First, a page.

Report Highlights Innovative Public Transit Systems

Transportation leaders from both houses of Congress on April 23 welcomed a new report for showcasing a new generation of innovative transit systems.

The report is timely because the six-year federal transportation bill, which sustains transportation initiatives like these transit projects across America, expires September 30, and will be the subject of near-term congressional action. The report, Reinventing Transit: American communities finding smarter, cleaner, faster transportation solutions, cites transit innovations already operating in 45 metropolitan, suburban, and rural communities in 30 states across America that are creating jobs, cutting traffic congestion, and reducing air and global warming pollution. It also provides case studies of more than a dozen of these transit innovations. Transportation—primarily cars and trucks—accounts for 30 percent of greenhouse gas emissions in the United States.

The Acting Deputy Administrator of the Federal Transit Administration (FTA), Matthew J. Welbes and U.S. Rep. Earl Blumenauer, Portland, Ore., spoke at a Capitol Hill news conference/ Webcast to unveil the video and written version of the report.

"Reinventing Transit makes the case that reinventing the transportation bill to fund transit innovations in Minnesota and nationwide will deliver new jobs, new connections to jobs and economic development for communities of all sizes," said U.S. Rep. James Oberstar, who ironically missed the news conference because he was stuck in Washington, D.C.'s notorious gridlock. "Given our economic and environmental challenges, 'business as usual' transportation investments are not good enough. Reinventing Transit sets the standard for transit investments in the upcoming transportation bill to fuel America's economic recovery."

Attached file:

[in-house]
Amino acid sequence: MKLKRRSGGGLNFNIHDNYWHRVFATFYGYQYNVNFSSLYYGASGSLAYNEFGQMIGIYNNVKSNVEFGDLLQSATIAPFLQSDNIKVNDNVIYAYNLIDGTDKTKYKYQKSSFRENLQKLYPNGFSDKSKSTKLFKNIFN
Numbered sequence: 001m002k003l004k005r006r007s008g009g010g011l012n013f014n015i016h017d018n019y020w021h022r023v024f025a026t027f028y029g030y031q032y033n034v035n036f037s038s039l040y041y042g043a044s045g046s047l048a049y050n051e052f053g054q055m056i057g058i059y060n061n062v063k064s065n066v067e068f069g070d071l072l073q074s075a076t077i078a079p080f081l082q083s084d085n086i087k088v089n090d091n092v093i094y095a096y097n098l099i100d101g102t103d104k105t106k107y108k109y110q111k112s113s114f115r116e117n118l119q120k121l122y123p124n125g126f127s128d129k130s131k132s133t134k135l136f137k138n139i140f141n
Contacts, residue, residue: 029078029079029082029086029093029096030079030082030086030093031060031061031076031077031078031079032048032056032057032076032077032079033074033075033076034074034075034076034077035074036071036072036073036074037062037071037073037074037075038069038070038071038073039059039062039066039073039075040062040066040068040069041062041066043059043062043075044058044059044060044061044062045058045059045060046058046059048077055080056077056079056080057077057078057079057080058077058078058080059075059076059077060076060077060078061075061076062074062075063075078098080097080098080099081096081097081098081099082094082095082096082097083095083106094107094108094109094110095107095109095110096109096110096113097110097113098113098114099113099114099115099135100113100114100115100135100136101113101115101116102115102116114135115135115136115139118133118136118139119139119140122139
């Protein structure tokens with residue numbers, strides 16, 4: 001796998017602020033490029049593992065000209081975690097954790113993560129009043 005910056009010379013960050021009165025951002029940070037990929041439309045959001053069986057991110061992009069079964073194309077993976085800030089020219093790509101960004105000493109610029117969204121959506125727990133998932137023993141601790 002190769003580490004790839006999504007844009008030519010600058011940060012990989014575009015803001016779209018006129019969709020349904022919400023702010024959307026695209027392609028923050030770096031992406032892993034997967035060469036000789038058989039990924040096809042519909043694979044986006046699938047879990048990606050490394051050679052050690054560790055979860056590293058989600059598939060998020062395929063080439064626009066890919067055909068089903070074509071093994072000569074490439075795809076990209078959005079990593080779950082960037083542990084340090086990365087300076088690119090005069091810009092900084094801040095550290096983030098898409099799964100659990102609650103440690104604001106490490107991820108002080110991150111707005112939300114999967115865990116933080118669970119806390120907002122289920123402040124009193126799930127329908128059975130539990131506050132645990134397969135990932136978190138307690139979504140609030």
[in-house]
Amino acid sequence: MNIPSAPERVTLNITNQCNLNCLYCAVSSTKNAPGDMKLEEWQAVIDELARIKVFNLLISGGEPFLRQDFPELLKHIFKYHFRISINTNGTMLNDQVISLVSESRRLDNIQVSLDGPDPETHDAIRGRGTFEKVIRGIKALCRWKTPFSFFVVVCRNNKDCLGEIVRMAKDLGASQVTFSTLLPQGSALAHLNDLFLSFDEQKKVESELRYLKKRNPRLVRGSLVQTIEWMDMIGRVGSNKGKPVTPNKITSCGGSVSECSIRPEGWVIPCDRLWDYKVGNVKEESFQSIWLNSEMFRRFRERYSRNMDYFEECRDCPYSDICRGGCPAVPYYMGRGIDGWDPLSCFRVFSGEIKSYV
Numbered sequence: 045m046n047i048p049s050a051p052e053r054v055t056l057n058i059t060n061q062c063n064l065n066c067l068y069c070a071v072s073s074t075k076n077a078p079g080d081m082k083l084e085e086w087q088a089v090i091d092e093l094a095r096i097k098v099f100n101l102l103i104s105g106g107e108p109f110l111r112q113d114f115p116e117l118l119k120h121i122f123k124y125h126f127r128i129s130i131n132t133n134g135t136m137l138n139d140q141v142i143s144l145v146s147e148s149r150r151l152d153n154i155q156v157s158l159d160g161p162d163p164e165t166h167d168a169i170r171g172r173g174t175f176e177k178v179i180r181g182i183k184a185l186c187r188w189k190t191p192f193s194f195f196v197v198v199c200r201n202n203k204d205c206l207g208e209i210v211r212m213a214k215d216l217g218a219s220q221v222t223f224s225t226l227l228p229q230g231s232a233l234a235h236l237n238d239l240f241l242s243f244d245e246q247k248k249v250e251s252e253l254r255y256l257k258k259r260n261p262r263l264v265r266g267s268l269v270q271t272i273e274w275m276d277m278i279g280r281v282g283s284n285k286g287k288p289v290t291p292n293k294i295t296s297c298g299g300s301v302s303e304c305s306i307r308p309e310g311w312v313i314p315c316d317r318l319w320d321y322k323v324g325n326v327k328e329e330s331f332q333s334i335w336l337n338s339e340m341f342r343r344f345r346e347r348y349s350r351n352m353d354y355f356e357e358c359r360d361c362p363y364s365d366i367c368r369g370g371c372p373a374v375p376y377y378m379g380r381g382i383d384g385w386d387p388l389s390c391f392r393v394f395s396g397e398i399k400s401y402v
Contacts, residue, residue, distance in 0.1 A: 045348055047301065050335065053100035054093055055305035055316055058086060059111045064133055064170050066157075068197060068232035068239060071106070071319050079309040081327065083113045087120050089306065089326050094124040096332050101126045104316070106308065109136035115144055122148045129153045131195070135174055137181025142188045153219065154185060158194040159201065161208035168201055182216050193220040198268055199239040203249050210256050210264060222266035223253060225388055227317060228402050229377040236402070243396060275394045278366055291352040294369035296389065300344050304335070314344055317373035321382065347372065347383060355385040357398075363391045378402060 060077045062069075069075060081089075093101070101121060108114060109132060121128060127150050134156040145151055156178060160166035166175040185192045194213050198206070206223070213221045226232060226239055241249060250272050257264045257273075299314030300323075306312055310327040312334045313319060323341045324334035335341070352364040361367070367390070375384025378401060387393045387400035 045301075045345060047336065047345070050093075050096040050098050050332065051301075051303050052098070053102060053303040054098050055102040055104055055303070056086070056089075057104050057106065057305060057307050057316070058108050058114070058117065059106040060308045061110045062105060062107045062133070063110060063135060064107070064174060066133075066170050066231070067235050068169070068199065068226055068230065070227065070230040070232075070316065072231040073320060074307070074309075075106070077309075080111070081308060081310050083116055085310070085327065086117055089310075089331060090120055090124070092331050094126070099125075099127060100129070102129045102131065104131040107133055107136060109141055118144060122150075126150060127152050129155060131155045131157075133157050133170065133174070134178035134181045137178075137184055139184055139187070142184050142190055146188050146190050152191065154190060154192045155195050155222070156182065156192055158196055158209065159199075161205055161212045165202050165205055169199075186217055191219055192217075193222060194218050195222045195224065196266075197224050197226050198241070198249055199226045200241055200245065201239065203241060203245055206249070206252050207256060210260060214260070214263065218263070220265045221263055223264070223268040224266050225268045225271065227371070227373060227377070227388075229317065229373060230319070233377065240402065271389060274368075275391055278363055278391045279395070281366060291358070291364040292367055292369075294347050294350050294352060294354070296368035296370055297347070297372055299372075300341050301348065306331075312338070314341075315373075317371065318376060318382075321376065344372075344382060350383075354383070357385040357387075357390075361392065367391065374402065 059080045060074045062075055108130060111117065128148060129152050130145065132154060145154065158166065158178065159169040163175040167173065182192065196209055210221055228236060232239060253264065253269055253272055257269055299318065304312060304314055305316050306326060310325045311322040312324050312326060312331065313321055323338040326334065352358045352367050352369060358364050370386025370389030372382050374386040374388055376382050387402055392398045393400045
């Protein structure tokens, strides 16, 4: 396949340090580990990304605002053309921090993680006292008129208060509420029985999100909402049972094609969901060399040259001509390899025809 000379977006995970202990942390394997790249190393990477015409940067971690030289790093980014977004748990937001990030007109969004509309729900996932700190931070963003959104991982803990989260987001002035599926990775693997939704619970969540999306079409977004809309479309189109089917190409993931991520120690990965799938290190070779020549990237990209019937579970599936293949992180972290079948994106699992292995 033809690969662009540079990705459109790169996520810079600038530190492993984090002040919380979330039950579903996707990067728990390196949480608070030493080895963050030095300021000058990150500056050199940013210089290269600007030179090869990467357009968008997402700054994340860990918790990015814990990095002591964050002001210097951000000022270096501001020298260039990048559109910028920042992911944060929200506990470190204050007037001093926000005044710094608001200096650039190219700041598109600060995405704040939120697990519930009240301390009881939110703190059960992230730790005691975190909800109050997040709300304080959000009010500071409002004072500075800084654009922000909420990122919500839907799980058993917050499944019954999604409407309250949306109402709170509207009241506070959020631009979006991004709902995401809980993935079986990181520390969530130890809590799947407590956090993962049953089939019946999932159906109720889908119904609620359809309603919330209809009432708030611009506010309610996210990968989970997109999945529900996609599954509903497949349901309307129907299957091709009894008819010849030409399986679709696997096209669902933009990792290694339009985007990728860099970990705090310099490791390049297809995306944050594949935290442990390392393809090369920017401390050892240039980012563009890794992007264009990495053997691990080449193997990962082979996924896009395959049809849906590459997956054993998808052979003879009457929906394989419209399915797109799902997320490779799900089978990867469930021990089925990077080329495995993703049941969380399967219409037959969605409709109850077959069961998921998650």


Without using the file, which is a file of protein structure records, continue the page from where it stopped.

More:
Brief case studies of 10 of the innovative public transit systems highlighted in Reinventing Transit include:

  • Chicago, Ill.: The McDonald's CycleCenter is an essential part of MillenniumPark, with 300 secure indoor parking spaces for bicycles, showers, lockers, bike repair services, and solar panels.
  • Connecticut: Statewide van pool service for commuters that offers more than 300 routes transporting 3,000 riders daily and even goes into New York, Rhode Island, and Massachusetts.
  • Kings County, Calif.: Van pool service that ensures access to schools, jobs, and medical services and reduces air pollution in this heavily polluted, yet very rural San Joaquin Valley.
  • Los Angeles, Calif.: Bus rapid transit that connects the residents and employment centers of San Fernando Valley with the end point of LA's main highway in North Hollywood, and reduces traffic.
  • Manassas/Prince William County, Va.: Flexible bus route system that uses modern global positioning technology to pick up passengers up to ¾ mile off route in this exurban area.
  • Minneapolis/St. Paul, Minn.: Operating on highway shoulders reconstructed for bus use, Metro Transit riders can safely zip past stalled traffic, saving people time and frustration.
  • Mobile, Ala.: Shuttle service that picks up people at home and brings them downtown and back.
  • Orlando, Fla.: Bus rapid transit system that has helped spur development of five new downtown office buildings (each 1 million square feet) and six new apartment communities.
  • Eugene, Ore.: The bus rapid transit line called EmX features hybrid buses with a dedicated bus lane and a partnership with local universities and schools to provide low-cost service to students.
  • Portland, Ore.: Streetcar system serves 13,000 riders daily, cutting traffic, pollution and spurring economic development and a new local industry manufacturing streetcars at Oregon Iron Works.

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